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Administrative reform: This is the new map of Estonia

Estonia's subdivisions after the 2016/2017 administrative reform.
Estonia's subdivisions after the 2016/2017 administrative reform. Source: (Tagne Orav/ERR)

The implementation of the Administrative Reform Act is changing the political map of Estonia. With one last rural municipality, Setumaa, still to be assigned to a county, all the new local-level administrative territories are in place.

Use the slider in the image below to see a before/after map of Estonia’s consolidated municipalities. Move the slider to the right to see the old local borders, and to the left to see the new ones.

Impending political change: Lower number of elected public officials

The ongoing administration reform will reduce the number of elected local council members from 2026 to 1019 by the time of the upcoming elections this year. Politicians of Estonia’s smaller parties fear that for less well-known politicians, it will get harder and harder to reach public office.

Preliminary data of the Ministry of Finance shows that the biggest drop in elected representatives will occur wherever a particularly large number of municipalities is about to merge. The most glaring example is Saaremaa, where the whole island will be merged into a single municipality. There, the number of council members will drop from currently 127 to just 31.

Other examples are Järva, where the number of council members will drop from 68 to 21, and Põlva, where there will be just 23 instead of 63 elected representatives running the area of the new municipality in the future. There are many more.

Opinions diverge whether or not this development is positive. While political scientist Tõnis Saarts of the University of Tallinn thinks that the lower number of locally elected officials is a good thing, as there will now be more competition for a smaller number of seats, the country’s smaller parties and independents fear that the dominance of the large parties, like the Reform and the Center Party, will increase locally as well.

County governments to be abolished

The government has decided to abolish all county governments effective Jan. 1, 2018. Their tasks will be distributed among local councils as well as different existing authorities.

The amount of tasks assigned to the county governments is already small, and with the ongoing administrative reform would shrink even more. The larger and stronger municipalities produced by the implementation of the Administrative Reform Act will take over all the county governments’ local tasks, except for state-level matters, which will be dealt with by existing offices in the jurisdiction of the different ministries.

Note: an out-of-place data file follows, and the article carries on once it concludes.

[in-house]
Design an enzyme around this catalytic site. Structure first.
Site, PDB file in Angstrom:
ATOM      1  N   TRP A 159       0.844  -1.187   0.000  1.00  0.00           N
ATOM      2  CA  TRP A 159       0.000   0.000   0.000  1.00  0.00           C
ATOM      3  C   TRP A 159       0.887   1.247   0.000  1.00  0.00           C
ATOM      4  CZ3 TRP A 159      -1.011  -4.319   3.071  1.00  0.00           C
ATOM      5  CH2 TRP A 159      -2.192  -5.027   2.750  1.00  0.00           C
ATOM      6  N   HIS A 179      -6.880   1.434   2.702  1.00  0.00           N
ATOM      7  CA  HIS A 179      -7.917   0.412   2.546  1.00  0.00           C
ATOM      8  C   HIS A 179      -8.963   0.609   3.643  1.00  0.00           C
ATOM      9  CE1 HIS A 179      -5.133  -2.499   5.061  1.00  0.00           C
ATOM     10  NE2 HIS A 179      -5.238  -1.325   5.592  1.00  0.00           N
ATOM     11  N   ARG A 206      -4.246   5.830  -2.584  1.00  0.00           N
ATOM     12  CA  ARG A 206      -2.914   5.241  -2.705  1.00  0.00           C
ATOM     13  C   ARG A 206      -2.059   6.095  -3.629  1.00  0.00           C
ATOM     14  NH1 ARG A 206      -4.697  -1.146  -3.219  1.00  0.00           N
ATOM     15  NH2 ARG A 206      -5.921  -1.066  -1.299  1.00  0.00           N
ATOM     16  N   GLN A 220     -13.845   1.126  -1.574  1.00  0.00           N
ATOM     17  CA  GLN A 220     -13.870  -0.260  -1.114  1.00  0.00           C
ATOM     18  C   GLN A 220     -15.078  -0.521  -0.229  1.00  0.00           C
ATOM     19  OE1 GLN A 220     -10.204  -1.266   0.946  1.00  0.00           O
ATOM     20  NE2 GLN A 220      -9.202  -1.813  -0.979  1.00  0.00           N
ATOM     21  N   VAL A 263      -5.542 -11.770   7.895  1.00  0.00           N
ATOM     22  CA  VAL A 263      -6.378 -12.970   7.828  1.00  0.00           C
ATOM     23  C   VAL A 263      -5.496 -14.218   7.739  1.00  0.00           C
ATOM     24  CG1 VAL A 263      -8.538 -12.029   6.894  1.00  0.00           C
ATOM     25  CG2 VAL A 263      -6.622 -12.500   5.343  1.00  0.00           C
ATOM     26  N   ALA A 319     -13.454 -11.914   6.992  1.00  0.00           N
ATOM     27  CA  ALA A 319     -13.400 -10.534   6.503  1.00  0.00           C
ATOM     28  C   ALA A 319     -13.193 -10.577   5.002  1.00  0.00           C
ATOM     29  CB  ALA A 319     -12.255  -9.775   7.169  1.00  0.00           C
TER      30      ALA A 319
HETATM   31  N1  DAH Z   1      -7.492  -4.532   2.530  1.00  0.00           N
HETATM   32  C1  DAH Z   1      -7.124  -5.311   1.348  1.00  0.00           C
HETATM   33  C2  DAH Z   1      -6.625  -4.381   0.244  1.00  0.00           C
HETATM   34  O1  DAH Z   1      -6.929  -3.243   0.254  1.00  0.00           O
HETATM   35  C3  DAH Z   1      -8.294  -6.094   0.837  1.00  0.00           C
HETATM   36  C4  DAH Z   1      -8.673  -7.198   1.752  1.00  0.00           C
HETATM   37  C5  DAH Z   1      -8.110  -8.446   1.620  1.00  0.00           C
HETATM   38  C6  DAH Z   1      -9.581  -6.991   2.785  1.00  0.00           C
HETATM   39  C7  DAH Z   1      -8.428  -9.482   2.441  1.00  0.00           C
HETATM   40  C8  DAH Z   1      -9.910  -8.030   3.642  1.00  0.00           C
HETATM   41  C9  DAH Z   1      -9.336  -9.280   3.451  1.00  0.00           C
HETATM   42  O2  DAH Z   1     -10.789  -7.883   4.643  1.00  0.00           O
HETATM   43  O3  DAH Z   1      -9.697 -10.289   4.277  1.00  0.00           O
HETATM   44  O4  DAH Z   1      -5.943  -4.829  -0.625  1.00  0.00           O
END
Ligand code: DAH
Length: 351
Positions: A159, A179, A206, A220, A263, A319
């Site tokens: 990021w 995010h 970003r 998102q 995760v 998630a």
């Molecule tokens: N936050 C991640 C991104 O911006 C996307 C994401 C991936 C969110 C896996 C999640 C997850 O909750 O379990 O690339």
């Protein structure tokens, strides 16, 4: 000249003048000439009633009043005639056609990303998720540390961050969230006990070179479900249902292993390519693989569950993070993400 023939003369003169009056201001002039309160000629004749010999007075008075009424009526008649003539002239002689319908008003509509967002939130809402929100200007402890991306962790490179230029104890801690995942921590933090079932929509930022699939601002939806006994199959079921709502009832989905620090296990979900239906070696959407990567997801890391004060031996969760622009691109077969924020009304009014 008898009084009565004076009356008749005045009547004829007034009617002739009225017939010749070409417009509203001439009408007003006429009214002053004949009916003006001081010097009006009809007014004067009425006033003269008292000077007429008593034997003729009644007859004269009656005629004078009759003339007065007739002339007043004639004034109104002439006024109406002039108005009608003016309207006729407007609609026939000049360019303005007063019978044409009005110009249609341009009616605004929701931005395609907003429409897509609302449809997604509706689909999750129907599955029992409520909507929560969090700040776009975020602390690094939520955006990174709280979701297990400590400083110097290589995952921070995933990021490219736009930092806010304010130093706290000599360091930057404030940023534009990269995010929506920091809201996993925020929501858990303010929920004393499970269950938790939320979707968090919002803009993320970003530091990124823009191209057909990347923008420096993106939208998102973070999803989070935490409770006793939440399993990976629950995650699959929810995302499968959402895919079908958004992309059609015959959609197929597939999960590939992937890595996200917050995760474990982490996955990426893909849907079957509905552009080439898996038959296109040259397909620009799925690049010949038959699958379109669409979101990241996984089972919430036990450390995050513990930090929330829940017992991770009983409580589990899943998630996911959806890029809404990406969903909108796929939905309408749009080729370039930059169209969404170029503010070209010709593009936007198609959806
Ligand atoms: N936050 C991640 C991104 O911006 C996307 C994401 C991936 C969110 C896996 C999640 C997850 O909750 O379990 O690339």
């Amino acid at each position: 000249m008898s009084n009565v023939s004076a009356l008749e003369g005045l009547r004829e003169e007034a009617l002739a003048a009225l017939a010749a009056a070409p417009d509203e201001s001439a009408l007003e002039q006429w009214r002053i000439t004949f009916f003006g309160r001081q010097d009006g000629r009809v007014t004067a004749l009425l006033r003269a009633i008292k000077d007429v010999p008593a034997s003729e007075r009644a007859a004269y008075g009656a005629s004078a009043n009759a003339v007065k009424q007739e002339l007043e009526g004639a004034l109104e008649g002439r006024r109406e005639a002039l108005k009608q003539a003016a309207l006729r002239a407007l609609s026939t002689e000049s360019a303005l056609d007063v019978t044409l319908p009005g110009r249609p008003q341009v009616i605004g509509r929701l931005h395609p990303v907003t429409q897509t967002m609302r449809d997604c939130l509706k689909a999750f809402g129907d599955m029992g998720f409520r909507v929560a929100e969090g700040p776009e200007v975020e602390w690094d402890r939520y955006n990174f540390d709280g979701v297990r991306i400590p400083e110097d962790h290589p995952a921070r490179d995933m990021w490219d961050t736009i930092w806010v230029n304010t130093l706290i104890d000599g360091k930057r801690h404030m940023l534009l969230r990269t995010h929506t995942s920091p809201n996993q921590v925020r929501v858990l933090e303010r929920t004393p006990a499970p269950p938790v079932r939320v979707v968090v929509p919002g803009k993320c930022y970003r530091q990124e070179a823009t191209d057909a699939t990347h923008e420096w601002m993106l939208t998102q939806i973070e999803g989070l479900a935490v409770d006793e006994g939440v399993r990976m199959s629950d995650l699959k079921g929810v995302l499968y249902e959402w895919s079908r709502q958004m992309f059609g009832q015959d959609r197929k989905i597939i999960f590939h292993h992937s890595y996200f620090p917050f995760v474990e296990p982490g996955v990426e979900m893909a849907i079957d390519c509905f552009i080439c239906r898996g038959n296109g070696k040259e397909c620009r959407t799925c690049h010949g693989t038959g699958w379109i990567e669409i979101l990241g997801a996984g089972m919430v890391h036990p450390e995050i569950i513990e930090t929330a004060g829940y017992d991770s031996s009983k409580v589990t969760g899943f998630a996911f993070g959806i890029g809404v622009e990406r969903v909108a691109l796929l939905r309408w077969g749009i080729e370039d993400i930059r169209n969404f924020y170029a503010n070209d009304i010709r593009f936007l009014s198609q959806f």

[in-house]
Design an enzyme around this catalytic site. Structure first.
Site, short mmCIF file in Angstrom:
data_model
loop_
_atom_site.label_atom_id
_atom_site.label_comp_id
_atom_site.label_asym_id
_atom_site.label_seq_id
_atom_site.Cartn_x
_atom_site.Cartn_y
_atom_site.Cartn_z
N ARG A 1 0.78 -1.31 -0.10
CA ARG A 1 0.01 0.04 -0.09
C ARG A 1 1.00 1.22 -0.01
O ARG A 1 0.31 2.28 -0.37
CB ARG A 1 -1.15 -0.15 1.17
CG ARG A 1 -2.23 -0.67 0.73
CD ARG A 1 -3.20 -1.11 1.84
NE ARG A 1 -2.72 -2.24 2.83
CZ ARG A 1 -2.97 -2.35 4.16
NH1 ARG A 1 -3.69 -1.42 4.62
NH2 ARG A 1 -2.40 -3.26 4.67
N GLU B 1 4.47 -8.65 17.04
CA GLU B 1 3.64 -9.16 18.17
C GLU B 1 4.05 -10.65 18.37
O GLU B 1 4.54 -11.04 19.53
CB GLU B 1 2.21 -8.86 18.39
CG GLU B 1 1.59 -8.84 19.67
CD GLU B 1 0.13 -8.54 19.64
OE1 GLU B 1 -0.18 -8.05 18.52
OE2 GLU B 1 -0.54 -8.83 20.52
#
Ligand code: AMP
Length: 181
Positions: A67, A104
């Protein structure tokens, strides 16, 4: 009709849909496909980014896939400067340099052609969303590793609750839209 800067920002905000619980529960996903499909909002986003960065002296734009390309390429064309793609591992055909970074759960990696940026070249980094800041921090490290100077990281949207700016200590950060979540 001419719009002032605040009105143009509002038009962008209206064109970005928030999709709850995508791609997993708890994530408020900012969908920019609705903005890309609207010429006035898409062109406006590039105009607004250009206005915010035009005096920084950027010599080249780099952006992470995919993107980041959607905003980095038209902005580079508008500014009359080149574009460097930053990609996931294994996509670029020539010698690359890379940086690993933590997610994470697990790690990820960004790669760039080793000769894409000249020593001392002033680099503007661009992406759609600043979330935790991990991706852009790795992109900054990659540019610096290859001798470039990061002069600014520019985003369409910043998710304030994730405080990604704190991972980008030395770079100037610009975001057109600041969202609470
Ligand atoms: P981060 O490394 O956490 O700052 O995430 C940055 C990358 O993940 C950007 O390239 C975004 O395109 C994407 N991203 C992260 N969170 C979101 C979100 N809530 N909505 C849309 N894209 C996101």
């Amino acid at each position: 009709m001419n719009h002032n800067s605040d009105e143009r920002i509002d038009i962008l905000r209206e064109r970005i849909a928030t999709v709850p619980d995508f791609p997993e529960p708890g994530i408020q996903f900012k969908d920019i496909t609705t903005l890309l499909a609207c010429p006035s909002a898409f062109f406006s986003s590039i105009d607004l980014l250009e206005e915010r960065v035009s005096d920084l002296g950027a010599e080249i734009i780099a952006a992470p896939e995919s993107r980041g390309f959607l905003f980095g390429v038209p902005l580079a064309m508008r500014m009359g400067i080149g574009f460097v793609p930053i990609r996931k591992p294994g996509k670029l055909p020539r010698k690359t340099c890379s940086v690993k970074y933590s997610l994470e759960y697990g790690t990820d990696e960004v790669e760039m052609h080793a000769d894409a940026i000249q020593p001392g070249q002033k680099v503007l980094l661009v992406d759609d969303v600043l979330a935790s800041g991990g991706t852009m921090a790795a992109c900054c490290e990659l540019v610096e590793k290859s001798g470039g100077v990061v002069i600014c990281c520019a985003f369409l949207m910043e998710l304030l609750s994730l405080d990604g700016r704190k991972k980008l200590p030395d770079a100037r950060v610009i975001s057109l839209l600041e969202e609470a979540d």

Currently, the most important duties of county governments are the organization of public transport, supervision over educational establishments, issuance of activity permits in the domain of social services, land reform and procedures related to land, population/related procedures as well as supervision over legislative acts issued by municipalities.

What will remain up to the ministries to deal with is supervision in different sectors, coordination, matters relating to land ownership and the cadaster, setting up local development plans, and all planning related to state-level projects.

Thousands of place names to change

For thousands of Estonians, the Administrative Reform Act means new addresses, as the names of municipalities as well as in some places also the names of villages will change.

The names of Estonian villages are often references to the local geographic context, which means that in a lot of different municipalities and counties there are similar or even exactly the same names. With more and more municipalities now merging as a consequence of the Administrative Reform Act, this problem needed addressing.

A provision of the act states that there can be no two villages with the same name within a single rural municipality, which means that the names of dozens will have to change.

An example is Saaremaa, which is merging into a single municipality. The most common village names on the island are Liiva and Rannaküla, of which there are five. Other instances where more than one of Saaremaa’s villages have the same name are Kõnnu, Lahe, Metsa, and Mustla.

All of these names refer to their immediate environment, e.g. with Liiva meaning “sand”, and “Lahe” meaning “bay”, hence there are a lot of similar addresses that this far could be told apart because they were in different municipalities.

The rule will be that of the affected villages, only those with the largest populations can keep their original name. All the others will have to come up with new names.

Mayor of the island’s capital of Kuressaare and chairman of its union of municipalities, Madis Kallas, said that the most likely solution would be to add another word to the existing names, so that those villages didn’t lose their historic context.

All name changes have to be settled by the end of 2017.

Editor: Dario Cavegn

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